Follow up half a year later FROM HERE…
Last week the WRTC qualification scores were updated. I am now still #4 in my EU region. But in the top regions I am the only one who has done it without being part of some multi-op and from a little station with a modest tower, a small tribander. And from central Belgium – not on a ridge over viewing the Atlantic so to speak.
Next on the list who has no M/x scores in the list is EA3KU, placing ninth. Leader is CT1ILT with only two multi-op operations adding to his total, but he is in another EU1 when it comes to propagation. F8DBF has a high score because he’s on the TM6M crew list, one of if not the EU top scoring M/S stations.
Just to say I am pretty happy with and proud of the results. But should I be proud? What is my part as an operator in this score? My goal after WRTC 2010 was to really give a shot at achieving qualification as a team leader. I seem to be on track for that. I never intended to actually go to WRTC in 2014. But honestly: it has been easy so far and the only thing I did up to now was entering a lot of contests seriously, year after year, especially the CW parts. Given my small station, the location (not the best in EU1) and mult status of Belgium (all but rare), I guess there isn’t really a lot of serious full time single operator competition or interest in this category. How else could I end up on #4? This is confirmed by the calls that usually precede me in the contest results: Russians, Ukrainians, Balkans and a bunch of Germans. Glad they’re not in EU1!
Just for the record: I don’t like the fact that the scores from multi-ops count. Or at least not as much as they do now. What is actual the part of an operator in the total score? What does he have to do? Just get his call on the operator list. Maybe a few QSO and some beers. Lots of fun and sleep so he doesn’t drag himself to work zombified on Monday, like many Single Ops. Maybe the same holds true for the team mate. He gets picked by the TL maybe with less time spent and dedication/stamina as the runner up TL who just didn’t get qualified. Just the way I see it. The organizers make up the rules. ‘Nuff said.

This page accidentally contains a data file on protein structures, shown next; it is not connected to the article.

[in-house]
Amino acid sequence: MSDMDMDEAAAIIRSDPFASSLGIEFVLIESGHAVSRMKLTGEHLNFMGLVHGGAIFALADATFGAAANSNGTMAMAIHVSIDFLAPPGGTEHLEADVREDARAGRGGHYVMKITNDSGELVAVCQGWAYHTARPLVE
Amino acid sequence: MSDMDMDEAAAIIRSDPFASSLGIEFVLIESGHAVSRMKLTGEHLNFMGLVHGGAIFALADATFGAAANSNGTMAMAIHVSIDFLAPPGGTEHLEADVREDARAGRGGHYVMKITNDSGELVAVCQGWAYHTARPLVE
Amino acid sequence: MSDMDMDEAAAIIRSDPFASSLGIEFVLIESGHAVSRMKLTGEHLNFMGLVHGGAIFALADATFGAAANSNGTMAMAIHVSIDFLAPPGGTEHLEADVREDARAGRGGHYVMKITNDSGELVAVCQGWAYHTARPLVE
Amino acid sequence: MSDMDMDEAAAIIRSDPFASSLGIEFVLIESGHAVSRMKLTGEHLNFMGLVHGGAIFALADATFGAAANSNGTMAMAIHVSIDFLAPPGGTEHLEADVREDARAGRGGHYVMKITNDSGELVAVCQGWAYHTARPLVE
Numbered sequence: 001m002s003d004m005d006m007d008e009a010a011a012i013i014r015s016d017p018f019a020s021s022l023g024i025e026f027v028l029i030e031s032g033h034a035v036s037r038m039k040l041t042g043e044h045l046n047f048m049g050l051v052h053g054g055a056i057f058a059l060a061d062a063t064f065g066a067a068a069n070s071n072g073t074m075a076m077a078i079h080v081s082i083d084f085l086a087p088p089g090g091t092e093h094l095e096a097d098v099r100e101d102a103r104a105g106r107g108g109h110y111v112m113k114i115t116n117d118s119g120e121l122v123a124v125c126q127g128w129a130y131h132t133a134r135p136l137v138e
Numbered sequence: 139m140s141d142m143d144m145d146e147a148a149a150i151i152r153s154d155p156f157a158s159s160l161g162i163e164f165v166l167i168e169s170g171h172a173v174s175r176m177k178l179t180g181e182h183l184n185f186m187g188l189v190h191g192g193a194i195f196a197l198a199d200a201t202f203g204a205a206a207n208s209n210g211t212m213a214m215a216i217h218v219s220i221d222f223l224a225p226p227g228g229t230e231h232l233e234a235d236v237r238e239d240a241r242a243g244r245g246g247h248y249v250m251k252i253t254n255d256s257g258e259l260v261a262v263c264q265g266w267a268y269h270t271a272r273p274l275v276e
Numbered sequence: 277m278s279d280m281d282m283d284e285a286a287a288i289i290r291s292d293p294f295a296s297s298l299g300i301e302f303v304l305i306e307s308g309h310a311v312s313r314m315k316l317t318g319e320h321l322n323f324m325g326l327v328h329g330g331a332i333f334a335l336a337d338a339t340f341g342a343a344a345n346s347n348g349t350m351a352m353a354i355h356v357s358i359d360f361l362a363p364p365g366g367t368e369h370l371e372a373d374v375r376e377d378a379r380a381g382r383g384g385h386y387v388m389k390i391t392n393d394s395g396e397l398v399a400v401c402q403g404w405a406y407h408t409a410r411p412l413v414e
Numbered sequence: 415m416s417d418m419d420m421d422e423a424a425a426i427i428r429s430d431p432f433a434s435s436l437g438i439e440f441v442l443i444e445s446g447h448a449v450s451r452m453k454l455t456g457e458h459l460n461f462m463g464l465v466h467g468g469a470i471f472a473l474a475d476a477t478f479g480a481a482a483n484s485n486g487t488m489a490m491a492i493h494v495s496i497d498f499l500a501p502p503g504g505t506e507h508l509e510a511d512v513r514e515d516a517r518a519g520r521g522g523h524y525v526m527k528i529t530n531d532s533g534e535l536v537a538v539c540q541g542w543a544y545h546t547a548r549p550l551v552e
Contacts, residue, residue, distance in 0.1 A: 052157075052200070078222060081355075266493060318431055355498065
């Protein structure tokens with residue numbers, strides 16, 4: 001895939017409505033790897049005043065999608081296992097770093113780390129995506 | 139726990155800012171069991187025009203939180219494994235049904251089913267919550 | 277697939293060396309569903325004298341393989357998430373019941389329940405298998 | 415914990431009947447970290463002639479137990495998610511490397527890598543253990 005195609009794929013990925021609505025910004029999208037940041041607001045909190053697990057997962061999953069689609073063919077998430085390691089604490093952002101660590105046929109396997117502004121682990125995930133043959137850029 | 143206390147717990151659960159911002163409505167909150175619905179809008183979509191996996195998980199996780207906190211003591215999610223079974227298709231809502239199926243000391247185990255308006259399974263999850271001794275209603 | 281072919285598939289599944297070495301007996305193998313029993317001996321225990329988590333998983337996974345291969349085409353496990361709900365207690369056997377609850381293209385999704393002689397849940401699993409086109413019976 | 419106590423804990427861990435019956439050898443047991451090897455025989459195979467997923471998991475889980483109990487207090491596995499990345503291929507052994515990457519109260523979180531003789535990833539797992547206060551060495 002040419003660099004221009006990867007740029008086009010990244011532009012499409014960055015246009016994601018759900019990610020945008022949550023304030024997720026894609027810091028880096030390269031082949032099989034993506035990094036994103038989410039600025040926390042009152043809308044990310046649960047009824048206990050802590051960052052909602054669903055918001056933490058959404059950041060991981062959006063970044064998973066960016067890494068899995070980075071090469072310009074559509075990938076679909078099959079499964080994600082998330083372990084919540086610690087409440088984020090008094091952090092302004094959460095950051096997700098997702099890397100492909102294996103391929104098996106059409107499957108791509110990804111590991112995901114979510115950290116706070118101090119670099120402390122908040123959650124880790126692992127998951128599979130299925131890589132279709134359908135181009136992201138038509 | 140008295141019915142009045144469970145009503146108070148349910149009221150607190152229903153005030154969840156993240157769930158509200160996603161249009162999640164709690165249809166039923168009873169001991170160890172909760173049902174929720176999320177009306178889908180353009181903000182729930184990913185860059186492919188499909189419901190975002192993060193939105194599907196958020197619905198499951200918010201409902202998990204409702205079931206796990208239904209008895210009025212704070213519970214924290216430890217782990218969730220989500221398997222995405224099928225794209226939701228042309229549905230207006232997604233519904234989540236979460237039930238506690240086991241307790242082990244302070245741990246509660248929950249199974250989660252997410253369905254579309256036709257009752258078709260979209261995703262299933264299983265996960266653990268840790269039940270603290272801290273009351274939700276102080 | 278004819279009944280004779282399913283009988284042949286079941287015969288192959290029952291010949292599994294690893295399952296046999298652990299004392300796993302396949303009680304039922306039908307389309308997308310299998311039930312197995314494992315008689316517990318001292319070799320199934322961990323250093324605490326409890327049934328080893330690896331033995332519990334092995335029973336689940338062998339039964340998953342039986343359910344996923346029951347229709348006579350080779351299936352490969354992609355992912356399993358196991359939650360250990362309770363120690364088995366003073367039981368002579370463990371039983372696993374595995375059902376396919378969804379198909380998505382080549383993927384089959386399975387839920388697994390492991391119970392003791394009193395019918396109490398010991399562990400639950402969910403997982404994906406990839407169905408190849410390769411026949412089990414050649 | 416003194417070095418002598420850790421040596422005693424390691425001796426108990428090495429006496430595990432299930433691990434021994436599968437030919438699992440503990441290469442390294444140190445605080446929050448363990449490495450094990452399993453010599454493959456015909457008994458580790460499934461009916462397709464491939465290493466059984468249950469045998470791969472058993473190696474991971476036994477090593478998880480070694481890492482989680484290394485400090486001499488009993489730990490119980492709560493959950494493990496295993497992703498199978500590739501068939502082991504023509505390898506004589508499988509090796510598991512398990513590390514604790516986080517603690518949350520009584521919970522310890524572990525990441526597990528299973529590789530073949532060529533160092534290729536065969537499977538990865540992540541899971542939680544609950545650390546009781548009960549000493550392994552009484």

Suppose I manage to qualify as a TL. When evaluating this scenario the question pops up: should I stay or should I go? XYL clearance is in the pocket, as expected. Because of the nature of ‘waffle iron politics’ I’ll have to do some serious XYL back scratching as mine will have been firmly scratched with her ‘off you go to WRTC’ blessing. My guess is some DX trip with the family the year after. If I manage to make it a ham DX vacation, I’ll cut my losses. I hate travelling!
Something that has been on my mind too was who to take with me. But now that ON4CCP/OT1A is back into serious contesting after a work-induced absence, that seems to be solved too. He stepped up and brought the subject on the table. Initially (2003) we talked about WRTC a lot but the plans faded. I guess they’re back on the foreground now. So Ken and I need to talk this over. Because there are other issues.